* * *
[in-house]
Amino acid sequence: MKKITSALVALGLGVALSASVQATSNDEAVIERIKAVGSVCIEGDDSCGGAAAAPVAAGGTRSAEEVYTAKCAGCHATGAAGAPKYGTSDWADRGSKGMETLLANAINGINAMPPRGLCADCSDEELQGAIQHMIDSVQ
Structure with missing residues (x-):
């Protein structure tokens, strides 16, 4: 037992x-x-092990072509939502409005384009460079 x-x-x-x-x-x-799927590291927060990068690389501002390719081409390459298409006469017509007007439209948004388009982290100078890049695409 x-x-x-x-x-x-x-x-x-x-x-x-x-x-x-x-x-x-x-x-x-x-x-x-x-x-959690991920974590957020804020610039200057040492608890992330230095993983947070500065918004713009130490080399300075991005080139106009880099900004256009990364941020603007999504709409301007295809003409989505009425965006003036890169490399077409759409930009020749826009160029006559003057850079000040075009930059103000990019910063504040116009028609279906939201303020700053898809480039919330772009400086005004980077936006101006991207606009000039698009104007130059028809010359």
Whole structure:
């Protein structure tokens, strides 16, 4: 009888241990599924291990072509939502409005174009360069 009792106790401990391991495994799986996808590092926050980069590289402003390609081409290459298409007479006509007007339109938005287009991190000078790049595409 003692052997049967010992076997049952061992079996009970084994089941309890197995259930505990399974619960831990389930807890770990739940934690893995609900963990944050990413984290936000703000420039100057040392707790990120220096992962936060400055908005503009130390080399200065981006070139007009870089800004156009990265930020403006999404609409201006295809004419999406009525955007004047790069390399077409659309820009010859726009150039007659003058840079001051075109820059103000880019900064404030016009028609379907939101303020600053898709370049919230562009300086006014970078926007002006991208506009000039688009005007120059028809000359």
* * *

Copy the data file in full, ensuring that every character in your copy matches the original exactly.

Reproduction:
[in-house]
Amino acid sequence: MKKITSALVALGLGVALSASVQATSNDEAVIERIKAVGSVCIEGDDSCGGAAAAPVAAGGTRSAEEVYTAKCAGCHATGAAGAPKYGTSDWADRGSKGMETLLANAINGINAMPPRGLCADCSDEELQGAIQHMIDSVQ
Structure with missing residues (x-):
């Protein structure tokens, strides 16, 4: 037992x-x-092990072509939502409005384009460079 x-x-x-x-x-x-799927590291927060990068690389501002390719081409390459298409006469017509007007439209948004388009982290100078890049695409 x-x-x-x-x-x-x-x-x-x-x-x-x-x-x-x-x-x-x-x-x-x-x-x-x-x-959690991920974590957020804020610039200057040492608890992330230095993983947070500065918004713009130490080399300075991005080139106009880099900004256009990364941020603007999504709409301007295809003409989505009425965006003036890169490399077409759409930009020749826009160029006559003057850079000040075009930059103000990019910063504040116009028609279906939201303020700053898809480039919330772009400086005004980077936006101006991207606009000039698009104007130059028809010359």
Whole structure:
């Protein structure tokens, strides 16, 4: 009888241990599924291990072509939502409005174009360069 009792106790401990391991495994799986996808590092926050980069590289402003390609081409290459298409007479006509007007339109938005287009991190000078790049595409 003692052997049967010992076997049952061992079996009970084994089941309890197995259930505990399974619960831990389930807890770990739940934690893995609900963990944050990413984290936000703000420039100057040392707790990120220096992962936060400055908005503009130390080399200065981006070139007009870089800004156009990265930020403006999404609409201006295809004419999406009525955007004047790069390399077409659309820009010859726009150039007659003058840079001051075109820059103000880019900064404030016009028609379907939101303020600053898709370049919230562009300086006014970078926007002006991208506009000039688009005007120059028809000359």